9/11: Moments After the Fall

Where were EHS teachers during the 9/11 attacks?

Most people who were alive during the 9/11 attacks have very vivid memories of that moment in their lives. Eaglecrest teachers were all over the country and in different stages of their lives when it happened. No matter their situation, 9/11 was a day that is impossible to forget, especially on its anniversary. Today, we honor the victims of the attacks and the bravery of the first responders in New York City. Here are the unique stories of three EHS teachers on the morning of September 11th, 2001. 

A commemorative pin, reading “In remembrance: September 11, 2001” adorns a red Eaglecrest lanyard. (Photo: Trisha Balani)


When the towers fell, Ms. Fisher, an English teacher, was in Texas.

“I was teaching in South Texas, and my husband was a Border Patrol agent. He trained canines for the Border Patrol. At the time, he was in El Paso, Texas, which is a nine-hour drive from where we lived. When 9/11 happened, he was in the middle of training new canine handlers on an Air Force base. They shut down base, and he was allowed a two-minute phone call to tell me that he was okay. He’s on base. I’m at home with my kids by myself—I had no family,” she said.

“I cried. To this day, we have a folder full of newspaper articles and magazines [from 9/11]. I refuse to open it because it hurts. I remember sitting there watching the towers, watching people choose how to die; I remember seeing the dust in the pictures and shutting off the TV because I didn’t want my kids to see that. I had this moment of wondering ‘What’s gonna happen next?’ My biggest fear was, ‘Where is this going to push my family?’ Ironically, my husband became an Air Marshal right afterward. September 11 occurred, then he left on October 31 for training for the Air Marshal program. It impacted my family and the entire trajectory of our lives.”



Meanwhile, teacher-librarian Ms. Hawkins was a college student in Georgia. 

“[That day], I had an 8:00 a.m. class. I went to school in Georgia, so I was on East Coast time. My roommate and I always had The Today Show on in the morning when we were getting ready, just like watching the news and whatever else was on. We were both in the room when the TV was on. We were, you know, doing our makeup and doing our hair. And then they cut to the scene of the first tower on fire. At that point, nobody knew what had happened. And as they’re showing the first tower, the second plane flew into the tower. So I watched it live—I watched it happen. That was just mind-blowing. Like, it was almost unbelievable,” Ms. Hawkins recounted. “From that point on, the day was just intense and stressful. I remember that night, everybody rushed to the gas stations to get gas. And everybody went to the grocery store to get food and supplies because we had no idea what was going on. It just felt very insecure and unsafe.”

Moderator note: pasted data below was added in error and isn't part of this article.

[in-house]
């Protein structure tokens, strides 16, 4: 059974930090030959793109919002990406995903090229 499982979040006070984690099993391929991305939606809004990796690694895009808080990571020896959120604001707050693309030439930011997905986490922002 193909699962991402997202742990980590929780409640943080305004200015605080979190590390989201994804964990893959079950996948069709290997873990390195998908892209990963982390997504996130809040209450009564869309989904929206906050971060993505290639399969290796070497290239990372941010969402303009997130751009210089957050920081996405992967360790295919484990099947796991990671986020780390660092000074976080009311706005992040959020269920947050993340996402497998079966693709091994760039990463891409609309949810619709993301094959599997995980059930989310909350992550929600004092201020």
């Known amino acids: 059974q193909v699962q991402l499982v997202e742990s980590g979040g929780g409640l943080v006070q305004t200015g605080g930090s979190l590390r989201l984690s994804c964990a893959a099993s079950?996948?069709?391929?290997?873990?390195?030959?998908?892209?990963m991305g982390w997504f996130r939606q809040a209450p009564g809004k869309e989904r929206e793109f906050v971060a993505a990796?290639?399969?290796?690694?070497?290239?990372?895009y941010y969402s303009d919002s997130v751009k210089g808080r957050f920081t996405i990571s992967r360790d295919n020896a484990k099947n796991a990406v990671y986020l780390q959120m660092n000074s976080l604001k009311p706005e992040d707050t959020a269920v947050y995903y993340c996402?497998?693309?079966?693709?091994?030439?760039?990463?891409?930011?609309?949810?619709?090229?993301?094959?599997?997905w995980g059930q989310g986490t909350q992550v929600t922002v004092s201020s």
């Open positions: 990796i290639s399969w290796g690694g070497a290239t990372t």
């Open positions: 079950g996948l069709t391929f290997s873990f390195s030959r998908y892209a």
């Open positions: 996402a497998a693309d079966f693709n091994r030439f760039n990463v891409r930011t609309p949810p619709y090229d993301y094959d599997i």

New York

While being anywhere in the United States during the attacks was terrifying, media teacher Mr. Gabrielli was only twenty miles away from the World Trade Center on 9/11.

“The whole morning was really, really weird. I got up and I was getting ready to go to class—I was in college at a commuter school on Long Island. Campus was eerily silent. I went into class and only three of us were there. I heard the towers had been hit. I didn’t know much, and a fellow student started telling me more. Then I found out that both towers were hit. Originally, I thought it was an accident. As soon as they saw the second plane, they realized this was more than a random accident. School got canceled and what I remember pretty distinctly was trying to call my brother and not being able to get a hold of him; the phone systems had completely died. Eventually, I caught up with him and ended up getting home around 11:00 that morning. I turned on the TV, and that’s when I saw that the towers had actually fallen. It was scary because being on Long Island, you have to take a bridge or ferry to get to the mainland. We did not know if it meant there would be an attack on the greater New York area or if the bridges would get attacked and we would get stuck, so there was a lot of fear. We were also worried about my dad, who worked in New York City. He did not work near the towers, but we weren’t sure if he got out okay because a lot of people got stuck in the city and the trains were down,” he said. 

“Prevailing thoughts seemed to be: What’s next? 

As the day went on, smoke just kept moving towards us from the wreckage. We were about 20 miles away and we did not expect to be seeing smoke, so that really was a really terrible feeling. 

We lived within walking distance of a major hospital. They immediately started saying that people should be donating blood and doing whatever they could to help, so my brother and I went there, but the hospital turned everyone away—they just weren’t ready for the influx of people. Later that day, I found out a family friend of ours was missing, and it turned out he had died. A friend’s brother was a firefighter who also died in the attacks. That day was just really, really crazy and very sad.” 

On Friday, Eaglecrest teachers and staff wore a t-shirt with the American flag in honor of the anniversary of 9/11. (Photo: Trisha Balani)

9/11 was a day of immense loss and fear, and it has forever changed the fabric of our country. Though we may not be in school to hold a moment of silence, take some time today to honor the fallen and express gratitude for loved ones, because their safety is never guaranteed.